Some special operations missions happen with little fanfare at the time, but as rumors circulate within the community, they begin to take on a life of their own. One such instance was the Panama prison riot of 1994, to which members of 2nd Ranger Battalion were sent to respond, armed with axe handles to help subdue Cuban refugees who had revolted. Another operation that has entered into special operations lore also involved a prison riot and Cuban refugees, this time within the United States, in response to which members of Delta Force were deployed.
The role of Delta Force has never been publicly disclosed, with a vague reference in the New York Times in 1987 being the only statement on the topic: “The Pentagon sent a team of military experts in hostage rescue to Atlanta to advise the F.B.I.”
On November 21st, 1987, nearly 1,000 Cuban refugee inmates revolted against guards at a federal detention center in Oakland, Louisiana, taking 28 hostages in the process. Two days later, another group of 1,500 Cuban refugees rioted at a federal penitentiary in Atlanta, Georgia, taking 76 hostages. Both revolts were triggered by a State Department announcement stating that 2,545 refugees from the 1979-80 Mariel boat lift were to be returned to Cuba. During the riots, many of the refugees—felons and criminally insane deported by Castro to discredit then-President Jimmy Carter—opened up other cell blocks, which intermixed the prison population. A full-blown hostage crisis was underway.
The FBI’s Hostage Rescue Team (HRT) quickly responded to the prison riot in Oakland while two FBI SWAT teams from Knoxville and Detroit handled the Atlanta prison. By the 24th of November, the Army’s counterterrorism unit, Delta Force, was requested to advise and assist the FBI’s special agent in charge (SAC).
Dubbed Operation Pocket Planner, Delta deployed 58 members of the unit to serve as sniper/observer teams, run communications, provide medical support, gather intelligence, and conduct assistance in explosive breaching. Although many believe that posse comitatus precludes the deployment of military troops on U.S. soil, there are exceptions and waivers. A special office exists within the Pentagon that handles civil requests for military support.
With negotiations with the refugees stalled, Delta operators arrived in Atlanta to check into their hotels, but never returned, as they were kept occupied at the prison. Delta snipers organized the intelligence and collection efforts inside the prison, and breachers augmented the FBI SWAT teams as HRT was preoccupied at the second prison in Oakland. With the prisoners intermingling with one another, at least 12 separate groups were negotiating with the FBI at the same time, leading them nowhere fast.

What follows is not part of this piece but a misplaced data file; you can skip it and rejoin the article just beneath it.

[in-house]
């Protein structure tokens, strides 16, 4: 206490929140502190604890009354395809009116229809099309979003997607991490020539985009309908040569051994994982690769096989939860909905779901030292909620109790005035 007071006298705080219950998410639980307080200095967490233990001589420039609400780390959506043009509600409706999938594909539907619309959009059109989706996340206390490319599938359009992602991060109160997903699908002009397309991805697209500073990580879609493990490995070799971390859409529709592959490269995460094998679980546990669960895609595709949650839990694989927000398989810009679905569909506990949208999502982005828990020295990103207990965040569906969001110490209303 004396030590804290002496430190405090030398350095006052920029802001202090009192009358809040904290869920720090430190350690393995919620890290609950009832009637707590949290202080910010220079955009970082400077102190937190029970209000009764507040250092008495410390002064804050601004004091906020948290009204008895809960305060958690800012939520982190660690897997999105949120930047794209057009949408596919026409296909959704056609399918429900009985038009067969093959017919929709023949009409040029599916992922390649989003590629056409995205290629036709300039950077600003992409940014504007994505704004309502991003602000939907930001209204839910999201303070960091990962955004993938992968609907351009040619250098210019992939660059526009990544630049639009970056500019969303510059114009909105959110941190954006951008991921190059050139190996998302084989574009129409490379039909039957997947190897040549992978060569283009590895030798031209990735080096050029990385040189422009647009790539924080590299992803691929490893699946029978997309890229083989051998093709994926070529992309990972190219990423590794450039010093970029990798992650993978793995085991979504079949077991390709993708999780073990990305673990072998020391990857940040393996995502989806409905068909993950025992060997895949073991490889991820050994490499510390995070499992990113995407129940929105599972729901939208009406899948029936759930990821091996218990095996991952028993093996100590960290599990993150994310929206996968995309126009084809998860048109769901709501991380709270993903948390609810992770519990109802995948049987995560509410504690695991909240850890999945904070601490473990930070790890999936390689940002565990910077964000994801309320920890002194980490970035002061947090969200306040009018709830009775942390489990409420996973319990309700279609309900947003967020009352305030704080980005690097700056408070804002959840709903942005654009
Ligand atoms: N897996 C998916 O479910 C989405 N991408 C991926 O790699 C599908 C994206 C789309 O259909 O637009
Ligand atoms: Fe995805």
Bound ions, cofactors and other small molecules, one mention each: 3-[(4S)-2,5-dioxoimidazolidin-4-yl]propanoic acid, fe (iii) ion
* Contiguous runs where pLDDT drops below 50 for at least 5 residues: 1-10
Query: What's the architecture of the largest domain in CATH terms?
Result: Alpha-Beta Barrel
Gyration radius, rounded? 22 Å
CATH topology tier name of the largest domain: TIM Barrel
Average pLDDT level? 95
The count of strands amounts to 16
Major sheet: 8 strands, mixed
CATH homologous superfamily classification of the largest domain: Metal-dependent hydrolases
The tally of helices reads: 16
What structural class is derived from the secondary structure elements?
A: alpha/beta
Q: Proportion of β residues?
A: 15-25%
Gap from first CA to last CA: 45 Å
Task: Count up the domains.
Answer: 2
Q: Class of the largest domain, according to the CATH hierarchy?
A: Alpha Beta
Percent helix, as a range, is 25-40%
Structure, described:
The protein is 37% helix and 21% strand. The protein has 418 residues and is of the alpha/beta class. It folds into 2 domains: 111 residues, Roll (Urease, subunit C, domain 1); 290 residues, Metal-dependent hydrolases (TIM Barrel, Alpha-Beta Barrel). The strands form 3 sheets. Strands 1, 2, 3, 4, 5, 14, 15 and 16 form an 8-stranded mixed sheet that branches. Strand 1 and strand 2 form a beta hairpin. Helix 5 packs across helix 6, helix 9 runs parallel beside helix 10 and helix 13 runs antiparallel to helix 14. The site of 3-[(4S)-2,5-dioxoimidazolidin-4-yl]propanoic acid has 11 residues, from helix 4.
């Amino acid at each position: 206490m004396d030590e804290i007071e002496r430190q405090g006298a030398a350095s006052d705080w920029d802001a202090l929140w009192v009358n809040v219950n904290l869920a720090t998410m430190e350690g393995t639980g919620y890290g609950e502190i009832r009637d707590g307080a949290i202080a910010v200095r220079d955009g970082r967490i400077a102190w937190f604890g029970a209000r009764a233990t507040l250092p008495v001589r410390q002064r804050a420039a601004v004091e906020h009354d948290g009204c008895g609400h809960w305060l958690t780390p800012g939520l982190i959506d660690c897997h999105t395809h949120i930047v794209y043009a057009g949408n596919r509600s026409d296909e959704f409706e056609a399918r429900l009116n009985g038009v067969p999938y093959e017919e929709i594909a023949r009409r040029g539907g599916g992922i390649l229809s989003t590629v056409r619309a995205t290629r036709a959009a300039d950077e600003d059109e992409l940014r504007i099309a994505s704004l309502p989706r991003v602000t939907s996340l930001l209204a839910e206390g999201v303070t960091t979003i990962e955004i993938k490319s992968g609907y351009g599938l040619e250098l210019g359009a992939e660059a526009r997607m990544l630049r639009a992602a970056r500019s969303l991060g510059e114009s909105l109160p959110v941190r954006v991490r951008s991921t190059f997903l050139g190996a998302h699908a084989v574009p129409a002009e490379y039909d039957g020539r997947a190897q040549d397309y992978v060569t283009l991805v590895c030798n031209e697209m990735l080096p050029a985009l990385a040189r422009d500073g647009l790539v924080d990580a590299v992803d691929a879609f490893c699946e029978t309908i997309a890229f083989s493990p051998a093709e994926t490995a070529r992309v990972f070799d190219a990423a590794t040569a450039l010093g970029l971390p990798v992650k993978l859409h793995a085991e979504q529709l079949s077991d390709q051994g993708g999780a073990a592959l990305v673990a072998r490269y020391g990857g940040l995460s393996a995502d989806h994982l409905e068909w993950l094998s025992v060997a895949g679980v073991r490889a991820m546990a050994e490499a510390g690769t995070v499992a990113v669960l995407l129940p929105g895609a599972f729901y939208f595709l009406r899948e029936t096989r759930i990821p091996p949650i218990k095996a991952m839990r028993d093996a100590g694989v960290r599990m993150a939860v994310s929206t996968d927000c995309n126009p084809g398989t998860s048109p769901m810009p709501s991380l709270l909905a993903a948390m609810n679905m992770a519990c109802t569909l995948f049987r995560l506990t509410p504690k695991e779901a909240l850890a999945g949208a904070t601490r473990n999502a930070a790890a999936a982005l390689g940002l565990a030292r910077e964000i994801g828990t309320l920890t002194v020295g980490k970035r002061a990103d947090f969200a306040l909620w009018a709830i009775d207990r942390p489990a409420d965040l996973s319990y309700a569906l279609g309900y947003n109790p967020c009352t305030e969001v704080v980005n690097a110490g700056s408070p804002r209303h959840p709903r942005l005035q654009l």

On November 25th, more hostages were taken from the prison’s medical clinic for a total number of 94 hostages. Additionally, 315 Cubans surrendered and were then held in a separate part of the prison.
In these situations, hostage rescue units plan for deliberate and emergency assaults. Deliberate assaults are highly planned surgical raids executed by the counterterrorism unit at a time of their choosing, whereas emergency assaults are done on the fly in a worst-case scenario. An emergency assault would be carried out if hostages were being executed, for instance, as seen when Spetsnaz assaulted a schoolhouse held by Chechen rebels in Beslan years later.
With all of the hostages held inside the prison medical clinic, the Cubans had taken over the prison shop and were constructing various weapons. They had also captured some portable welders and were in the process of reinforcing the prison doors. Meanwhile, with the intervention of Auxiliary Bishop Agustin Roman of Miami, the prisoners in Oakland surrendered. HRT was then transported to Atlanta to assist the FBI SWAT teams.
The FBI and Delta Force advisors were conducting rehearsals for a deliberate assault on the two-story medical clinic, but a fear existed that they would be unable to execute an emergency assault as the FBI did not have that authority, which had to come from Washington D.C. The Delta operators worked alongside Tommy Norris‘s FBI HRT assault team. A former SEAL, Norris had served in Vietnam and was the recipient of the Medal of Honor.
There was one spot of good news for the assault teams. The prison housed a particularly dangerous white supremacist who had killed a number of men in prison. Distrustful of him, the Cubans invited the skinhead to a meeting and drugged his drink. Once he was passed out, they tied him up and turned him over to the authorities.
The 11-day siege was finally ended on December 5th, after extensive talks between the prisoners and FBI negotiators. The Cuban prisoners had largely gotten what they wanted out of the prison riot—a delay in their deportation and securing the right to parole hearings. The prisoners also received amnesty for the riots, aside from those who participated in “specific acts of actual assaultive violence against persons.” One prisoner had been killed by another, and a second prisoner had been shot and killed by a guard.
As for the Delta Force operators, they slipped back into the shadows, more than happy to let others publicly claim credit while their own role remained unacknowledged in the press.
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